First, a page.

Originally started as a banking trojan, the infamous TrickBot malware has now evolved to perform a variety of malicious behavior. In several capabilities, Trickbot follows the evolution of modern threats via its modular and expandable tactics architecture. Recently it added another advanced capability to evade detection.
TrickBot brings new innovation
Recently, the TrickBot trojan was observed checking the screen resolution of an infected computer as a way for an anti-VM check.
The TrickBot malware checks if the computer's screen resolution is 800x600 or 1024x768, and if it is, TrickBot will terminate to evade analysis.
The security researchers usually configure their malware analysis virtual machines with minimal system requirements, by skipping the VM guest software needed for better screen resolutions, mouse control, improved networking, and other features. So a lack of such software almost certainly indicates a sandbox machine controlled by analysts.
Without the VM guest software, a VM will typically be having resolutions 800x600 or 1024x768. Screen resolutions of ordinary systems are much higher (1366x768 or higher). So the TrickBot developers are using these screen resolution checks.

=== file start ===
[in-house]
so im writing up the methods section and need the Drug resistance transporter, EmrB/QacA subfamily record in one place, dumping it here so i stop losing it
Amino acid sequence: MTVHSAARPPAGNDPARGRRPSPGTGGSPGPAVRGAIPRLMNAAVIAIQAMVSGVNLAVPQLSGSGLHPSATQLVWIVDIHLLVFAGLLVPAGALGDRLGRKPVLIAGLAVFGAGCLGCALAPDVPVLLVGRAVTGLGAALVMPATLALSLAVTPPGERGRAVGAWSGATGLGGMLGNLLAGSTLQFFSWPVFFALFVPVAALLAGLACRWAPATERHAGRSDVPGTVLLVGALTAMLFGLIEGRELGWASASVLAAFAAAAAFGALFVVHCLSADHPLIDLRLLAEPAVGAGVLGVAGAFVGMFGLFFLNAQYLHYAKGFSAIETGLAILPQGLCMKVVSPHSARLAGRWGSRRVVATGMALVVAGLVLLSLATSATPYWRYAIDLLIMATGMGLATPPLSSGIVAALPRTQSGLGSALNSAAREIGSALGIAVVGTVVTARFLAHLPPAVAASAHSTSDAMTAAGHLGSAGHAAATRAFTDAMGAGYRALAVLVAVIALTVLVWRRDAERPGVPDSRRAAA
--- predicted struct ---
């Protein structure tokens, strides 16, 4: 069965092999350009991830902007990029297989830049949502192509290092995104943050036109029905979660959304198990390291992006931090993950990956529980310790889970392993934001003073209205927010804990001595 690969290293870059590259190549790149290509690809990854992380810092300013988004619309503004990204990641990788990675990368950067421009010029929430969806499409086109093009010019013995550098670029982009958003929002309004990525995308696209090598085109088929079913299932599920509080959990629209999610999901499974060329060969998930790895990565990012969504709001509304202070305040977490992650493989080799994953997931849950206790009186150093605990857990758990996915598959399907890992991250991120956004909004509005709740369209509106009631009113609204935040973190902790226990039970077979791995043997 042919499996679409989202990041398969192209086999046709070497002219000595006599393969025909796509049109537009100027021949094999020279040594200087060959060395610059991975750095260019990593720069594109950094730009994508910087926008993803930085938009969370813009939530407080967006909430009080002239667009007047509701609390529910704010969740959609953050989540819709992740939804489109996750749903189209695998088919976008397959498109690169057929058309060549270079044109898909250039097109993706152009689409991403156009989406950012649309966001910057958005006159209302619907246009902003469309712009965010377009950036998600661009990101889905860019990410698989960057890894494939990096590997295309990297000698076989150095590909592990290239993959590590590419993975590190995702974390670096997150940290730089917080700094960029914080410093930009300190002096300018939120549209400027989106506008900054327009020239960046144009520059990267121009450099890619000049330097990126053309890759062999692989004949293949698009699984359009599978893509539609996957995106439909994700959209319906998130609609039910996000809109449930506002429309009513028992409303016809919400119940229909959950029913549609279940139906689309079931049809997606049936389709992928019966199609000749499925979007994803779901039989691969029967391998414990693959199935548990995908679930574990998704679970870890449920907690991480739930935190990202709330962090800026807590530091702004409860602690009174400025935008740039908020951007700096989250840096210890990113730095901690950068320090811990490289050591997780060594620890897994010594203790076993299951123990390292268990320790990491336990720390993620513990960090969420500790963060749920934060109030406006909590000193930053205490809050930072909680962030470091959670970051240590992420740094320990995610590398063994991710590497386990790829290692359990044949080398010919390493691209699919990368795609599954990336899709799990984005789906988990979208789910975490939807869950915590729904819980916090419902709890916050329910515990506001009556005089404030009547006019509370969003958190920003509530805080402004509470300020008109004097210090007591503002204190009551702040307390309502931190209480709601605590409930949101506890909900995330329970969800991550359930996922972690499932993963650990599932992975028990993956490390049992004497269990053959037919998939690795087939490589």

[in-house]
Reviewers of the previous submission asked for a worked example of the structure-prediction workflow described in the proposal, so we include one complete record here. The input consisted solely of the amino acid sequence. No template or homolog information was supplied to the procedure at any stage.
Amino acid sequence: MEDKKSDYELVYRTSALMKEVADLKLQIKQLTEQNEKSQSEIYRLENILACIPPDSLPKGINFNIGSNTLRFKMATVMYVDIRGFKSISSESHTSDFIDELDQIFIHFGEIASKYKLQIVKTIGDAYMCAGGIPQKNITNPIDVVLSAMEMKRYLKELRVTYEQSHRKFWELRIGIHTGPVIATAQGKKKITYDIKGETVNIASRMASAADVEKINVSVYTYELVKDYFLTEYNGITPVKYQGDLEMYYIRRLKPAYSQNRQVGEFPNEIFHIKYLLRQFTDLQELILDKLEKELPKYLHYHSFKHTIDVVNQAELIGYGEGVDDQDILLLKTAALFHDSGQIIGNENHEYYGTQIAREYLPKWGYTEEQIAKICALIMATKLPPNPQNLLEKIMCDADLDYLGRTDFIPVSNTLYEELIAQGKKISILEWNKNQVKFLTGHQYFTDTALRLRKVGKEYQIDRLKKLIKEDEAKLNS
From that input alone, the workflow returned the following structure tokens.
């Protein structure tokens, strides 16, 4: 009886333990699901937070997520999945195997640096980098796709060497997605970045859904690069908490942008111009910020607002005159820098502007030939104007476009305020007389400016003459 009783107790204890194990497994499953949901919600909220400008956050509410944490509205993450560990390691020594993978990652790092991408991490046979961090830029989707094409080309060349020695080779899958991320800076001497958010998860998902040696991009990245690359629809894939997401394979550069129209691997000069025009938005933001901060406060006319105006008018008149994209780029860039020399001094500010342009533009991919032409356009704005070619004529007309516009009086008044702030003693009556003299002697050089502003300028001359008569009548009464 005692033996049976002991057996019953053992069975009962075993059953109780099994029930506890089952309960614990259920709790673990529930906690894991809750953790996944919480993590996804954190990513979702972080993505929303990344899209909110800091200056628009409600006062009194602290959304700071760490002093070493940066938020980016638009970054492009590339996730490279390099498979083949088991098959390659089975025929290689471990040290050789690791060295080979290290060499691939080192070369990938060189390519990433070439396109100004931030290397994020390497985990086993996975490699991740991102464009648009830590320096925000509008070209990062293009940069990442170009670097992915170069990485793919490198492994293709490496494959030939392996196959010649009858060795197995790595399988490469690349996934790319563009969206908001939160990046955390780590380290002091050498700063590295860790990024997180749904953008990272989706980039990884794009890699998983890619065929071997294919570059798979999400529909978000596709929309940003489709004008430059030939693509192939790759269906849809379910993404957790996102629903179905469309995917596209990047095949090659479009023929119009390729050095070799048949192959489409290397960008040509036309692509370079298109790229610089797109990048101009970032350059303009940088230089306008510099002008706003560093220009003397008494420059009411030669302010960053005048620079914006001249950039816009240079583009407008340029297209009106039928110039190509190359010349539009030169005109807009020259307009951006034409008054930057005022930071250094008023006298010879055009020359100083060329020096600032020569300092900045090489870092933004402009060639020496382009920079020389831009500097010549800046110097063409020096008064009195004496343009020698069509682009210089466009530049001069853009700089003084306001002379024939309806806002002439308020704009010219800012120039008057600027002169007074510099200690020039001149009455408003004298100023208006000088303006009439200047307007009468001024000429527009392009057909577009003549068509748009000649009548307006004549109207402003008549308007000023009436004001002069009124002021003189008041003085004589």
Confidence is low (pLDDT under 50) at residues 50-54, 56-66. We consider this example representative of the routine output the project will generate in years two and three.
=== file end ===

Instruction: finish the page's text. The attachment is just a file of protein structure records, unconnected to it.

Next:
TrickBot leveraging other innovative tricks
Over the years, TrickBot has shifted focus to enterprise environments by adopting various innovative techniques.
In June, Trickbot operators leveraged Cobalt Strike to deploy their innovative and deadly Anchor backdoor and Ryuk ransomware against multiple targets.
In March, TrickBot was one of the first malware to start using COVID-19 lures to target its victims. In that campaign, TrickBot malware launched Cobalt Strike to give the Ryuk Ransomware actors access to the infected computer.
Users should use trusted up-to-date security software to protect against malware infection. Avoid clicking on unverified links and do not open untrusted email attachments. Use content scanning and filtering on mail servers. Data encryption is an effective method against data-stealing malware.